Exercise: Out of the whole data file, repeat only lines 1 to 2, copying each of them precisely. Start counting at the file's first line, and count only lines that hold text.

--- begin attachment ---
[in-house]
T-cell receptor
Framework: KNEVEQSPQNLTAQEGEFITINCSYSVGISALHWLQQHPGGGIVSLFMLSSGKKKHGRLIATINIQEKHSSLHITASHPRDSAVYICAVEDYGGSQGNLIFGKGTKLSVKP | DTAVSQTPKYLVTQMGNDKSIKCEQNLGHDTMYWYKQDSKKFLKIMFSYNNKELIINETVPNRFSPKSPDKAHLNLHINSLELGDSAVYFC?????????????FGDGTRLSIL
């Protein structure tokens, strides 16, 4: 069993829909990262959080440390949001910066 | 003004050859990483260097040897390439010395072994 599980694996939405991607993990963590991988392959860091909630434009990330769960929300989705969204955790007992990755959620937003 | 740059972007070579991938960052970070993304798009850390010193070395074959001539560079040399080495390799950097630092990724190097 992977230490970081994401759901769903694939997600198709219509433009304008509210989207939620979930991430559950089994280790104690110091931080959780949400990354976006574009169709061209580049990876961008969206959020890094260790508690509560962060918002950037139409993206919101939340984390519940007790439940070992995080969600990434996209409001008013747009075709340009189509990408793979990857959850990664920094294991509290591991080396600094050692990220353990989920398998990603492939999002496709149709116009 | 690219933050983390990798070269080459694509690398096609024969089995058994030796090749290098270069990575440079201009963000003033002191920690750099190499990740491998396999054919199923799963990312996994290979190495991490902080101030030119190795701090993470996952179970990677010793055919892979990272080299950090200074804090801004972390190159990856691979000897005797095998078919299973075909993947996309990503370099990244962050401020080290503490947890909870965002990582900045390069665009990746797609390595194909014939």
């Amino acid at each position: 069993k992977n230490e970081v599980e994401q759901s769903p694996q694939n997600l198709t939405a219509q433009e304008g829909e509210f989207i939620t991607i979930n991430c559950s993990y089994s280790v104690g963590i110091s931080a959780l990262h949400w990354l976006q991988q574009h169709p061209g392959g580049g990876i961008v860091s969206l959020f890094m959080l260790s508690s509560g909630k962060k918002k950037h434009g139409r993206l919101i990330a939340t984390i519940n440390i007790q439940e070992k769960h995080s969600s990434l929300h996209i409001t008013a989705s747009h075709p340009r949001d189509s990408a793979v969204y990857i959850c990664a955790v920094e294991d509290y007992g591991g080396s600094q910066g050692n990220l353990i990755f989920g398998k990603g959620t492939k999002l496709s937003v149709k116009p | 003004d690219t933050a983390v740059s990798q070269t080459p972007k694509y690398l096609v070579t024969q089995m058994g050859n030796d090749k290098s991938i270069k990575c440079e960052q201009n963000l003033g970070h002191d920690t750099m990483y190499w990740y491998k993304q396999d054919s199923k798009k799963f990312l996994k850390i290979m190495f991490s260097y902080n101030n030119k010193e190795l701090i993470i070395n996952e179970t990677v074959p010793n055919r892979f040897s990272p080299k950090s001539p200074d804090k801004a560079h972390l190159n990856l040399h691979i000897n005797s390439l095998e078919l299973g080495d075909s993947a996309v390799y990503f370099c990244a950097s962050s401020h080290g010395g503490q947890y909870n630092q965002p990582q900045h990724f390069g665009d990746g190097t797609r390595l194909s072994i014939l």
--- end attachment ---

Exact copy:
[in-house]
T-cell receptor